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Cytotoxicity, cellular uptake, and metabolism to short-chain metabolites of 11′-α-tocomonoenol is similar to RRR-α-tocopherol in HepG2 cells

Alexander Montoya-Arroyo, Tanja Wagner, Nadine Sus, Marco Müller, Alexander Kröpfl, Walter Vetter, Jan Frank

Free Radic Biol Med . 2021 Oct 16;S0891-5849(21)00768-1. doi: 10.1016/j.freeradbiomed.2021.10.018. Online ahead of print.


Contrary to the major vitamin E congener α-tocopherol, which carries a saturated sidechain, and α-tocotrienol, with a threefold unsaturated sidechain, little is known about the intracellular fate of α-tocomonoenol, a minor vitamin E derivative with a single double bond in C11′-position of the sidechain. We hypothesized that, due to structural similarities, the uptake and metabolism of α-tocomonoenol will resemble that of α-tocopherol. Cytotoxicity, cellular uptake of α-tocomonoenol, α-tocopherol and α-tocotrienol and conversion into the short-chain metabolites αCEHC and αCMBHC were studied in HepG2 cells. α-Tocomonoenol did not show significant effects on cell viability and its uptake was similar to that observed for α-tocopherol and significantly lower than for α-tocotrienol. α-Tocomonoenol was mainly metabolized to αCMBHC in liver cells, but to a lower extent than α-tocotrienol, while α-tocopherol was not metabolized in quantifiable amounts at all. In summary, the similarities in the cytotoxicity, uptake and metabolism of α-tocomonoenol and α-tocopherol suggest that this minor vitamin E congener deserves more attention in future research with regard to its potential vitamin E activity.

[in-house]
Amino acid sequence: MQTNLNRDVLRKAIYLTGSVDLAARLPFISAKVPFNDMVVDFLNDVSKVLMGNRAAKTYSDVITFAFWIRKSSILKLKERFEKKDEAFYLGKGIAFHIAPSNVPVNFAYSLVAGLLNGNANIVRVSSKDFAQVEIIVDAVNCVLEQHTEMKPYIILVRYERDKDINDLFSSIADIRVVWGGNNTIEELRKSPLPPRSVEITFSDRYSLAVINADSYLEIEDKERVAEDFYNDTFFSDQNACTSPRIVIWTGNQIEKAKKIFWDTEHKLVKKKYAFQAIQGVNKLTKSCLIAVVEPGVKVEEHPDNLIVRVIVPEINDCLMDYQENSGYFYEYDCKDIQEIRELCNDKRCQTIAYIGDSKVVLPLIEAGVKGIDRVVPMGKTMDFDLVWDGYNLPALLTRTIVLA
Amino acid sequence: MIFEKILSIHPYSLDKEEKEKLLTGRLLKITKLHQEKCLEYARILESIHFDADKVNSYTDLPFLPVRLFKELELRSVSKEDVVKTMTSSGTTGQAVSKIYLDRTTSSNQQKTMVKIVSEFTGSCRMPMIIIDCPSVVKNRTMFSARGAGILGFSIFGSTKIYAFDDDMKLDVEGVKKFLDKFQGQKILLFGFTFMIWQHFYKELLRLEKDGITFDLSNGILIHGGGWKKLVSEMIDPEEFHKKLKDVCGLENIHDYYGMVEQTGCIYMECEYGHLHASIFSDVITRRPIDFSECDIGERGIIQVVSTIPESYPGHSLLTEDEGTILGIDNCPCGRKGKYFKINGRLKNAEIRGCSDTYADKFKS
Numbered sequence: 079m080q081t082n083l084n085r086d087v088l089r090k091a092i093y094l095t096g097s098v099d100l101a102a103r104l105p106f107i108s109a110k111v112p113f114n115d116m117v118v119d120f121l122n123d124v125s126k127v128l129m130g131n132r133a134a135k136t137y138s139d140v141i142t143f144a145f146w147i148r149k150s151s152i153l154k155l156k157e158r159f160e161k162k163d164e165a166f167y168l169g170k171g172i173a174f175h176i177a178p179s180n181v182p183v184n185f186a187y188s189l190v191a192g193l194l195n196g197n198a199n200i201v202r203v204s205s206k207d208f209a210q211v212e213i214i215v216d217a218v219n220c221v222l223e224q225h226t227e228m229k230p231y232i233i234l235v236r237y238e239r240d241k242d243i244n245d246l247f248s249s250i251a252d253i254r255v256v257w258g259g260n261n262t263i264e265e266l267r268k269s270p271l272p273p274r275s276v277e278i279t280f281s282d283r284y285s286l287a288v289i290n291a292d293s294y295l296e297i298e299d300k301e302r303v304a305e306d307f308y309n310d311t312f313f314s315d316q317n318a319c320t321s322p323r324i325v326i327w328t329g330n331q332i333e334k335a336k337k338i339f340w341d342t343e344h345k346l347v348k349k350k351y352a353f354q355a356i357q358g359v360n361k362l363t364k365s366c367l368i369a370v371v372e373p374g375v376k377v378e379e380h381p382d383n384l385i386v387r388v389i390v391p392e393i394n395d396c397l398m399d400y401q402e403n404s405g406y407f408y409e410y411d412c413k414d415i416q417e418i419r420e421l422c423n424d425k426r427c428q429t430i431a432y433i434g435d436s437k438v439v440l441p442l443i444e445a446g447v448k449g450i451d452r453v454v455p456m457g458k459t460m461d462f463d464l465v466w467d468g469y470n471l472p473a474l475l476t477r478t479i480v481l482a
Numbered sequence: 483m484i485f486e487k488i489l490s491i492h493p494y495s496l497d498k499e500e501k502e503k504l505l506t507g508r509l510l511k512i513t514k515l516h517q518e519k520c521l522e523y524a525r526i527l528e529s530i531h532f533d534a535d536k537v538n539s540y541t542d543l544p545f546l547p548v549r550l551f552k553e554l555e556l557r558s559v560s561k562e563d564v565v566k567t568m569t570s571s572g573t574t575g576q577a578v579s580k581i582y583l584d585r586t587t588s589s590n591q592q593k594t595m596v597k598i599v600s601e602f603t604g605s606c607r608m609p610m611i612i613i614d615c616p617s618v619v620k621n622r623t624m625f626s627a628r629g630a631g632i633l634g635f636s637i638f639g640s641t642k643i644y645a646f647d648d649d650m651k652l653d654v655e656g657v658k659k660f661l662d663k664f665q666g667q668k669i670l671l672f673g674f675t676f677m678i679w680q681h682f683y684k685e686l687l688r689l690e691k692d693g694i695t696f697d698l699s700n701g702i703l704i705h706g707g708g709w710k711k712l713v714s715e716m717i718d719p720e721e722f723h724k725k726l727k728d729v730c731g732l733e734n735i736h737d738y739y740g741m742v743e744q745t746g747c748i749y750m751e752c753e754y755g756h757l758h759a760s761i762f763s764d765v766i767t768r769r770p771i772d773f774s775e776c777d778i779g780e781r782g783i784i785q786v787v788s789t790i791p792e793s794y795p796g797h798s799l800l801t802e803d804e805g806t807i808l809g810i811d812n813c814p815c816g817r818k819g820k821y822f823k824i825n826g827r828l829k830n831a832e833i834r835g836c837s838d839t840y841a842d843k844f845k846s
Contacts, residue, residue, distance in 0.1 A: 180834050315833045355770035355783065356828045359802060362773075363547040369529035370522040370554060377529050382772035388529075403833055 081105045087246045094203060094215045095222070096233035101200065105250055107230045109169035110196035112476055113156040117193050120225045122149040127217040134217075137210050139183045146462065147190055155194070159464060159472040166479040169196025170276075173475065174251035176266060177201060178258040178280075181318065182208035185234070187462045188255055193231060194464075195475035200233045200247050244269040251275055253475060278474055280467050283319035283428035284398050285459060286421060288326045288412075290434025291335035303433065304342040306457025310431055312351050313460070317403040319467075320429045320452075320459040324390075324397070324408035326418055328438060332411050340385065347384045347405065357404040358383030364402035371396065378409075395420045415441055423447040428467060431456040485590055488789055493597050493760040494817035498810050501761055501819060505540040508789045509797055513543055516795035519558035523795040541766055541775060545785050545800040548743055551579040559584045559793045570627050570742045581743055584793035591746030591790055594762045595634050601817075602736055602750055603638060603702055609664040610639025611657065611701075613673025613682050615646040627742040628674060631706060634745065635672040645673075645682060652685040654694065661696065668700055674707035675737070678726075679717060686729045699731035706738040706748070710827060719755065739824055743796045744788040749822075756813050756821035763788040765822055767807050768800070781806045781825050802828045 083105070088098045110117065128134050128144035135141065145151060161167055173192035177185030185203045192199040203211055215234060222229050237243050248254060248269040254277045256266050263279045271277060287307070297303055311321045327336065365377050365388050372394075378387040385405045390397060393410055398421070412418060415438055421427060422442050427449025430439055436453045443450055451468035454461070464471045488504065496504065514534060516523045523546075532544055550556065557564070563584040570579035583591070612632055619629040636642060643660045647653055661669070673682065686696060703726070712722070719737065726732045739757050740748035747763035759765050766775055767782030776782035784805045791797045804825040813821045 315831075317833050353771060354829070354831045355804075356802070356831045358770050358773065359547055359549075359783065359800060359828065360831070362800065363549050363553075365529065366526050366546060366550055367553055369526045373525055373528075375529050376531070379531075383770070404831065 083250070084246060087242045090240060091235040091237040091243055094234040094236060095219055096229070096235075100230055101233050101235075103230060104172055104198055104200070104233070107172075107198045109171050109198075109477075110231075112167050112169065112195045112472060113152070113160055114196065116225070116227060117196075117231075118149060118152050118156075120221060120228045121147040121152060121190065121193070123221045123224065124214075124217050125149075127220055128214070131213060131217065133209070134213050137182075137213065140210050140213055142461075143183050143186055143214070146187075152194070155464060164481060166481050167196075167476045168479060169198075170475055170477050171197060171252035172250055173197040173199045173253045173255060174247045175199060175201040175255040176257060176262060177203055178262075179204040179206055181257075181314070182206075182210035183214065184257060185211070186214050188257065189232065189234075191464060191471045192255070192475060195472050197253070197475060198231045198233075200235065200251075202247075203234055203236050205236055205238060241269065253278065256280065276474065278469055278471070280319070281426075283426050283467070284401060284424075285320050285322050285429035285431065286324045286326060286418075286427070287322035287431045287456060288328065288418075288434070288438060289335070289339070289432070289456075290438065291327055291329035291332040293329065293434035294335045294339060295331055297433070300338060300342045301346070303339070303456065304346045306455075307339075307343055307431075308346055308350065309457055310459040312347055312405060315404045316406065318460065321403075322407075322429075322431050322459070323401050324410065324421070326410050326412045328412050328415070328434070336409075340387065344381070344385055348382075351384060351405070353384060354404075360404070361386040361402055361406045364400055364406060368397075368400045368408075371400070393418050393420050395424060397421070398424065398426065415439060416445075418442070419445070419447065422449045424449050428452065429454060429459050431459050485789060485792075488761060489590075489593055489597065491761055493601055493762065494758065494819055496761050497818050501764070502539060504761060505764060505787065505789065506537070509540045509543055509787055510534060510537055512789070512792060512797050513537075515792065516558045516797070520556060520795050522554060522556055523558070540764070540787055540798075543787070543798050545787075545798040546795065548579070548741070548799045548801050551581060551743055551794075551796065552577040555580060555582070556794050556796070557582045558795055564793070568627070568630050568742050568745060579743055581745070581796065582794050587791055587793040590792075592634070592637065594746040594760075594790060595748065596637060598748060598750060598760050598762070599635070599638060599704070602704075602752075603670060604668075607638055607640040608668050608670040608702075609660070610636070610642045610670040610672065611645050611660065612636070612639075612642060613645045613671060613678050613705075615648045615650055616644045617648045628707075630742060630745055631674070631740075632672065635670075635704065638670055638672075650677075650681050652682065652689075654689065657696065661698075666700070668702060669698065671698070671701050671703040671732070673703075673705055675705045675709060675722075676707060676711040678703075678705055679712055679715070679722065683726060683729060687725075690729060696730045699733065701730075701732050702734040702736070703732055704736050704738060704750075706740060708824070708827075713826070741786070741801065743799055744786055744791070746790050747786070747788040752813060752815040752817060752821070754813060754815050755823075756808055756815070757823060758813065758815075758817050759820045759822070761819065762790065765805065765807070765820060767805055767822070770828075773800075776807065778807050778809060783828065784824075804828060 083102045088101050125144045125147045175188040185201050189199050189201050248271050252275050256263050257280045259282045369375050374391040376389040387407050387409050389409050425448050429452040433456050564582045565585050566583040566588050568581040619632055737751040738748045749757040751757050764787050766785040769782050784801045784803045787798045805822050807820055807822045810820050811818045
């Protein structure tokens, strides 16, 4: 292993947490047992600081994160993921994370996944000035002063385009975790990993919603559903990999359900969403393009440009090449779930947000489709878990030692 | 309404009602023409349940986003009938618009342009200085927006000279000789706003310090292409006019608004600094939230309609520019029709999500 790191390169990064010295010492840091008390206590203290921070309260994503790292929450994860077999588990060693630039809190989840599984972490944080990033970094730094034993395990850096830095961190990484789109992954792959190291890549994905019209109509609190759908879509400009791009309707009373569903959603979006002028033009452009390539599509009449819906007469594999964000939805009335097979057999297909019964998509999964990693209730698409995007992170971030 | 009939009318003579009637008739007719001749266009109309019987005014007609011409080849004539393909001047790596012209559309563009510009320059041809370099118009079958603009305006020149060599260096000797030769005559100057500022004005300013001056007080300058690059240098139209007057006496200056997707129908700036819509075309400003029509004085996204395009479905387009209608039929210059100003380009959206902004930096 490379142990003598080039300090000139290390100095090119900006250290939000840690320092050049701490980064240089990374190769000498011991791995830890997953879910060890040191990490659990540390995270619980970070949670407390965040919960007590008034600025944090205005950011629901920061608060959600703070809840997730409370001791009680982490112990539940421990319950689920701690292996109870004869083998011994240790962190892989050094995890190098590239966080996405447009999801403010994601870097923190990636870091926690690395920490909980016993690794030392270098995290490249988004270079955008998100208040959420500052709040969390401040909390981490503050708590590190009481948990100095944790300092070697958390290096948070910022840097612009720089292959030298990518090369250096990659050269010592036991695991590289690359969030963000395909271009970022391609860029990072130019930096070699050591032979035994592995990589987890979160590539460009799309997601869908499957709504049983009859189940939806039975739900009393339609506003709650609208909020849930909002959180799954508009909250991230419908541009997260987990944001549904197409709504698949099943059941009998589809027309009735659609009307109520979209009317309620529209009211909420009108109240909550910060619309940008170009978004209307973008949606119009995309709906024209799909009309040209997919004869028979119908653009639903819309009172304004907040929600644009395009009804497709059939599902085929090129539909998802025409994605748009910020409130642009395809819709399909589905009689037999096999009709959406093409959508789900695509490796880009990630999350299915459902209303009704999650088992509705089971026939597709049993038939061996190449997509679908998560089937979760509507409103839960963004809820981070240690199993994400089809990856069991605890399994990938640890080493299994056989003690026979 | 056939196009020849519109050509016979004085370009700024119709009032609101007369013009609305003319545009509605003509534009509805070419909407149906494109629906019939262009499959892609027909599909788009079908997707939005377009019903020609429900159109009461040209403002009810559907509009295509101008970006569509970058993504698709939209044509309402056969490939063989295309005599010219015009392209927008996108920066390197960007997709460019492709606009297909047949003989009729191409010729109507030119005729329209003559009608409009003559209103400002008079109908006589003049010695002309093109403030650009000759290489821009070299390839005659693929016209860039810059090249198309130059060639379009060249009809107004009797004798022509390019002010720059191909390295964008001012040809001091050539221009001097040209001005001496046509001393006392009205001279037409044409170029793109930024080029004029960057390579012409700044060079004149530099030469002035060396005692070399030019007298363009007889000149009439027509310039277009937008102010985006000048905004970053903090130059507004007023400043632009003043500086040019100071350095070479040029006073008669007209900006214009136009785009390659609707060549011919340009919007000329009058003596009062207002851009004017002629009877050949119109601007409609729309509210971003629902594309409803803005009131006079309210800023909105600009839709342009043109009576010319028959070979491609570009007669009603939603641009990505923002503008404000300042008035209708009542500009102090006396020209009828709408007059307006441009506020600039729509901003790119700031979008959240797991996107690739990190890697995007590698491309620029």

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α-tocopherol, a slow-binding inhibitor of acetylcholinesterase

Irina Zueva, Sofya Lushchekina, Polina Shulnikova, Oksana Lenina, Konstantin Petrov, Elena Molochkina, Patrick Masson

Chem Biol Interact . 2021 Oct 1;348:109646. doi: 10.1016/j.cbi.2021.109646. Epub 2021 Sep 8.


Acetylcholinesterase (AChE) is reversibly inhibited by α-tocopherol (α-T). Steady state kinetic analysis shows that α-T is a mixed slow-binding inhibitor of type A of human enzyme (Kci = 0.49 μM; Kui = 1.6 μM) with a residence time of 2 min on target. Molecular dynamics (MD) simulations support this mechanism, and indicate that α-T first forms multiple non-specific interactions with AChE surface near the gorge entrance, then binds to the peripheral side with alkylene chain slowly sliding down the gorge, inducing no significant conformational change. α-T slightly modulates the progressive inhibition of AChE by the cyclic organophosphorus, cresyl saligenylphosphate, accelerating the fast pseudo-first order process of phosphorylation. A moderate accelerating effect of α-T on phosphorylation by paraoxon was also observed after pre-incubation of AChE in the presence of α-T. This accelerating effect of α-T on ex vivo paraoxon-induced diaphragm muscle weakness was also observed. The effect of α-T on AChE phosphylation was interpreted in light of molecular modeling results. From all results it is clear that α-T does not protect AChE against phosphylation by organophosphorus.

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Pressurized liquid extraction to obtain chia seeds oils extracts enriched in tocochromanols. Nanoemulsions approaches to preserve the antioxidant potential

Lucía Castro-Vázquez, Virginia Rodríguez-Robledo, María Plaza-Oliver, Manuel J Santander-Ortega, M Victoria Lozano, Joaquín González, Noemí Villaseca, Pilar Marcos, M Mar Arroyo-Jiménez